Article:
Ryder Rozier, a three-year old boy has died after accidentally shooting himself in the head while playing with his uncle’s gun in a bedroom of his uncle’s home. Rozier’s uncle is an Oklahoma state trooper, and the gun was a personal weapon, not state-issued, according to The Oklahoman:
The boy was at the home of an Oklahoma Highway Patrol trooper on Saturday when the accidental shooting took place, Logan County Sheriff’s Capt. Richard Stephens said.
Rozier is a nephew of the trooper, Stephens said. Stephens did not release the name of the trooper. The boy shot himself with one of the trooper’s personal guns, Stephens said.
There’s a burial fund for the Rozier family:
Ryder Man was a sweet 3 year old who stole the hearts of everyone who crossed his path. Ryder is survived by his parents & little brother Brody. Our hearts are breaking for Keri & Felix to have to go through something so horrific as losing their child. Our friends are going through an unimaginable tragedy and still have a very long road ahead. A parent should never have to bury their child, however, that is exactly what they have to do. The only thing we feel we can do, besides being there for them, is to help out however we can financially.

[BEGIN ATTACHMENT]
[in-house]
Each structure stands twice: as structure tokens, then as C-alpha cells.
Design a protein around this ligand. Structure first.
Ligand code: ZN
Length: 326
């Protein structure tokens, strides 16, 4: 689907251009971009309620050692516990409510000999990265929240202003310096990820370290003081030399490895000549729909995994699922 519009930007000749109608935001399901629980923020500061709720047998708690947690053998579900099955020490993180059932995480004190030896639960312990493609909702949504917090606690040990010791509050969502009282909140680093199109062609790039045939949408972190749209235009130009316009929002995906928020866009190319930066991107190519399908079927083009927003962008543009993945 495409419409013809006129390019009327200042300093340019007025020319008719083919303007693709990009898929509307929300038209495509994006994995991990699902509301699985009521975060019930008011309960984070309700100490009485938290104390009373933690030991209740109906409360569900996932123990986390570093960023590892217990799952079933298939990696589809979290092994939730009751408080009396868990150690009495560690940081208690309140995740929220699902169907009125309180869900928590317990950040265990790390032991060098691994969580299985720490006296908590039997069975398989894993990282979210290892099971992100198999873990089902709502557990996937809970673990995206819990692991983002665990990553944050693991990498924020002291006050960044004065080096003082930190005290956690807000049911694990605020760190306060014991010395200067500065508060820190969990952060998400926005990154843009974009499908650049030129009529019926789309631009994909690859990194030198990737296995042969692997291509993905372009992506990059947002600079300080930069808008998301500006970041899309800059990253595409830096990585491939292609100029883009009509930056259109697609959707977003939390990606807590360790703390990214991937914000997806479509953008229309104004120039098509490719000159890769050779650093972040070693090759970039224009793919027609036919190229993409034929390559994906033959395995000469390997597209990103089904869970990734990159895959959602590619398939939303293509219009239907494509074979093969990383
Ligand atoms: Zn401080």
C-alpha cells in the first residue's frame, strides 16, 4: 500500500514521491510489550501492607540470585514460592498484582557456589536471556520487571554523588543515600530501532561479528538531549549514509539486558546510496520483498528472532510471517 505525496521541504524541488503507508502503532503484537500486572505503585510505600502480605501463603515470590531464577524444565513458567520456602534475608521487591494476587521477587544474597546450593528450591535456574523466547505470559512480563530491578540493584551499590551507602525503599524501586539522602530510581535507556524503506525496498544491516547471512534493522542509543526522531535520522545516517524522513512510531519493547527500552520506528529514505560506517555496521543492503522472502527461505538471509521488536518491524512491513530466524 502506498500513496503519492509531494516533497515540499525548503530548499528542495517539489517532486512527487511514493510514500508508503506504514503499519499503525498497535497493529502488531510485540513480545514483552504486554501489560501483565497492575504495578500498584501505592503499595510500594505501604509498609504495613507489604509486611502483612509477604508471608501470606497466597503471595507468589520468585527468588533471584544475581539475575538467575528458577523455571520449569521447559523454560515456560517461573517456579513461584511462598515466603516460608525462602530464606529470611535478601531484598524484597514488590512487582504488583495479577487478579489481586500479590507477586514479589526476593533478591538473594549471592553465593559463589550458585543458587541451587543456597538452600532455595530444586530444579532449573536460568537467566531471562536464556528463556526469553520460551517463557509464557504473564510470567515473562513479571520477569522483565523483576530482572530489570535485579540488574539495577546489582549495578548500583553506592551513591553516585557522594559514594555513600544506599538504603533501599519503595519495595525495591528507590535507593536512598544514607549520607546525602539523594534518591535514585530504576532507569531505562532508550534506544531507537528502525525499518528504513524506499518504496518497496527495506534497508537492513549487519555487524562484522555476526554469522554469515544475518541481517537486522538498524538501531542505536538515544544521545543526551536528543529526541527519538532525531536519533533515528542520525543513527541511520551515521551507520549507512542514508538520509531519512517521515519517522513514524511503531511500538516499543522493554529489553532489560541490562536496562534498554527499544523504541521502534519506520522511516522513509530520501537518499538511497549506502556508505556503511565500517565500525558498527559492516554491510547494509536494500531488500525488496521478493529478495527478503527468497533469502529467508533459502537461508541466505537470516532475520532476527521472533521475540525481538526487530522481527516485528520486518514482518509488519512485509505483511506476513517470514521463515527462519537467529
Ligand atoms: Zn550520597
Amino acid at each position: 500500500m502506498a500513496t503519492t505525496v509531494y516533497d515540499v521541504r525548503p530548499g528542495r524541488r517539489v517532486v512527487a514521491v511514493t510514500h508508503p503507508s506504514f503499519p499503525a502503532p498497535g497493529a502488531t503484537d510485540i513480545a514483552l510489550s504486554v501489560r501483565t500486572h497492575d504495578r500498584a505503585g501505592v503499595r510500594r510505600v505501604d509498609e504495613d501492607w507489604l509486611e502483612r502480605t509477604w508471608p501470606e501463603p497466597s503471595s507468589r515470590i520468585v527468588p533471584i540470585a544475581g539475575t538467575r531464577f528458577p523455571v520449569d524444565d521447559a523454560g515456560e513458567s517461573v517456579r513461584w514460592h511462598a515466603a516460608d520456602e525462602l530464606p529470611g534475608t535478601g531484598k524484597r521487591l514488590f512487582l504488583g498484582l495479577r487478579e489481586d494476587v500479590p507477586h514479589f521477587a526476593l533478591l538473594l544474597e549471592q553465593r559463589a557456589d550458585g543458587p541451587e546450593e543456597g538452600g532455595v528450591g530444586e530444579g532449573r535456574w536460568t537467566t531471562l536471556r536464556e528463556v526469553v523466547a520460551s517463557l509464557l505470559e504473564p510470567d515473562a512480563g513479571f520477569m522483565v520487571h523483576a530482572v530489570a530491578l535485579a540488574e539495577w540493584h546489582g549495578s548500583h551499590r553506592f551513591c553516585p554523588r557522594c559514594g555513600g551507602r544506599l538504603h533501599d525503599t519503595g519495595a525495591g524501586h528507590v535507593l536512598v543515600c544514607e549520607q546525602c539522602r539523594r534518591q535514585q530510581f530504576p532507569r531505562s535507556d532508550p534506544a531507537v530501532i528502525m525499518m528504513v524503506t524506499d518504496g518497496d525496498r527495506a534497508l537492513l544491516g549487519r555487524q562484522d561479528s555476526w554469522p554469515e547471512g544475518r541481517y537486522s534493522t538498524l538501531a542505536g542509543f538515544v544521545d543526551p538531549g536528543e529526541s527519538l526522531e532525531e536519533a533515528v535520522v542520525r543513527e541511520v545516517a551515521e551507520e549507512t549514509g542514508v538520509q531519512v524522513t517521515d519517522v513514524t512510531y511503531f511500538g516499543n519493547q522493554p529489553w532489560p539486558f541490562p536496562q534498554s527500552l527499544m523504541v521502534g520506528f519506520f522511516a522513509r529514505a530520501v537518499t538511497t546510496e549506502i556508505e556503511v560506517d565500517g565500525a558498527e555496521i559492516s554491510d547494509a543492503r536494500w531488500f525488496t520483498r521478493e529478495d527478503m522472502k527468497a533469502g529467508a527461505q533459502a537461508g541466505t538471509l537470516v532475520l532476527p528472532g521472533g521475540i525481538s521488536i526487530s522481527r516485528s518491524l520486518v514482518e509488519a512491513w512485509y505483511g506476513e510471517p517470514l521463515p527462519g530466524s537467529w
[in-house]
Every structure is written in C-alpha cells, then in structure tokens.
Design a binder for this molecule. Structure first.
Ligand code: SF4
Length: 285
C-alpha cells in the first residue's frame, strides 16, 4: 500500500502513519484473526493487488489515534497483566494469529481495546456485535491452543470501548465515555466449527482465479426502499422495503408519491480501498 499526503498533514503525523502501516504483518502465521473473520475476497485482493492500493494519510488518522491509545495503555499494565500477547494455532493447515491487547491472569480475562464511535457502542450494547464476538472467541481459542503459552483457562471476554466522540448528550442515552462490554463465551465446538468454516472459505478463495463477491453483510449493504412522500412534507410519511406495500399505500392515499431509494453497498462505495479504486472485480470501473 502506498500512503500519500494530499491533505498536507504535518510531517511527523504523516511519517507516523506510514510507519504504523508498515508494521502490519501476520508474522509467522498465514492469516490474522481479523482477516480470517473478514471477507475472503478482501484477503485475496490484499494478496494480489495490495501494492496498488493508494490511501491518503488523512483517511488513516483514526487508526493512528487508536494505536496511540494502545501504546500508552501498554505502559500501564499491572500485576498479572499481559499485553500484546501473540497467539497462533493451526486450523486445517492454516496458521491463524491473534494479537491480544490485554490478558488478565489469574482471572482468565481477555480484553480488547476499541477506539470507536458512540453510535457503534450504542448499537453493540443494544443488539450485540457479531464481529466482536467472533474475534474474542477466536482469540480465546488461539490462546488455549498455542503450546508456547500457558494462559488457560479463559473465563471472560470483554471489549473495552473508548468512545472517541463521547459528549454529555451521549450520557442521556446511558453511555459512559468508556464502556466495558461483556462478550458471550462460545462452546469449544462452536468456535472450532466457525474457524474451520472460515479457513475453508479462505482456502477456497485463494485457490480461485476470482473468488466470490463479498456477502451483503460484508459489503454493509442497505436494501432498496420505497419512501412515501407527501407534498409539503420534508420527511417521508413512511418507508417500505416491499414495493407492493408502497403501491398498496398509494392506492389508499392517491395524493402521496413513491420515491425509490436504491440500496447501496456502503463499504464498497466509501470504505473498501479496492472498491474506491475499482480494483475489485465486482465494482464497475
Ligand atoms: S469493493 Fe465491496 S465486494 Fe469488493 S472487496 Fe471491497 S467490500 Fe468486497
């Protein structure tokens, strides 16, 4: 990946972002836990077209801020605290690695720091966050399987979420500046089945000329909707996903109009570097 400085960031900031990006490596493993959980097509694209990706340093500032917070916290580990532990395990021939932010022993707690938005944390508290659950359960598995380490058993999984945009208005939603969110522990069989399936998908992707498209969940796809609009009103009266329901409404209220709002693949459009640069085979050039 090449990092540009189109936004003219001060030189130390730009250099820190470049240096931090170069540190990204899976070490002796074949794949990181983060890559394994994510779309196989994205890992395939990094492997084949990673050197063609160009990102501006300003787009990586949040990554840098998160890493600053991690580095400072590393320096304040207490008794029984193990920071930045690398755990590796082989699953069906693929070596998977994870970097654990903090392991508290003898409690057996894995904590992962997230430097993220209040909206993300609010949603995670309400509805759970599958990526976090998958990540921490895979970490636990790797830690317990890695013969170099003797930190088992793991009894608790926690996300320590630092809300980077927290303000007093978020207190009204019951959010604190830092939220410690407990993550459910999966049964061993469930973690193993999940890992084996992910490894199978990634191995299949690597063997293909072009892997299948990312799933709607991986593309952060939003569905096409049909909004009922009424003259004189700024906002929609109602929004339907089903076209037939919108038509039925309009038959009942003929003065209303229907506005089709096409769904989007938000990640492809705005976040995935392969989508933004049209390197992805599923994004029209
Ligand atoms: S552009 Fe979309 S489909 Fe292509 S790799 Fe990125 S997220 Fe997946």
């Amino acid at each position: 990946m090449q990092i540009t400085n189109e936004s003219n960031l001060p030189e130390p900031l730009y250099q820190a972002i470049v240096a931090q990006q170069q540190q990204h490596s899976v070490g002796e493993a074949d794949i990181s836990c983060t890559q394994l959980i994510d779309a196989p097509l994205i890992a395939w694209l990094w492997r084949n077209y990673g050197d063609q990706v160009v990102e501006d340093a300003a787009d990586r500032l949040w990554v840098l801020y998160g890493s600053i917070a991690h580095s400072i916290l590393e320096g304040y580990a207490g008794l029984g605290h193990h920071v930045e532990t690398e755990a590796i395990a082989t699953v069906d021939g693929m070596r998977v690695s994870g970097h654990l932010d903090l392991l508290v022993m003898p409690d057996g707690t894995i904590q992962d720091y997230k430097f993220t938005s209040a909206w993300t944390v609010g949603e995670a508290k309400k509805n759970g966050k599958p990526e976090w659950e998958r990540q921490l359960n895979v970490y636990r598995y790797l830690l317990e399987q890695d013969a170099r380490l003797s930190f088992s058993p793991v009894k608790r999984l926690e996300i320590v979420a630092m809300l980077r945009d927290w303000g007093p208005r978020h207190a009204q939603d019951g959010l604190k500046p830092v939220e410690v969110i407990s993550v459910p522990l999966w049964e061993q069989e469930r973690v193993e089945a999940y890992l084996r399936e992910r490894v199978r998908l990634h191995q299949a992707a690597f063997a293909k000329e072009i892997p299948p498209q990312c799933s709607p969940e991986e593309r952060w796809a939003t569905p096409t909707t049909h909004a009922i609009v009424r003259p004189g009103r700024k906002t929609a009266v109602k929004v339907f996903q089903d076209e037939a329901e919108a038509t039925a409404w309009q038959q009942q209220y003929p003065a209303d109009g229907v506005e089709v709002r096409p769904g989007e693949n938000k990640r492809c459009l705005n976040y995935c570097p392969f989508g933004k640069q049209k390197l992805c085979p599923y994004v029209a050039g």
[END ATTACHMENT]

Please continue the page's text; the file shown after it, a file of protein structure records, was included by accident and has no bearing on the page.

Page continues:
Meanwhile, in the wake of the Newtown, Connecticut tragedy, an Oklahoma lawmaker is proposing legislation to allow teachers to carry guns in school.
“Republican State Rep. Mark McCullough represents House District 30, which covers Creek and Tulsa counties,” Oklahoma News 9 reports:
He said Monday in a news release it’s “incredibly irresponsible” to leave schools undefended.
“We cannot continue to be shackled by politically correct, reflexive, anti-gun sentiment in the face of the obvious – our schools are soft targets,” said McCullough. “I’ve been considering this proposal for a long time. In light of the savagery on display in Connecticut, I believe it’s an idea whose time has come.”
Rep. Mark McCullough seems to believe that this is perfectly safe since the teachers would be CLEET-certified and, as News 9 adds, possibly designated as reserve officers with local police and sheriff’s departments.
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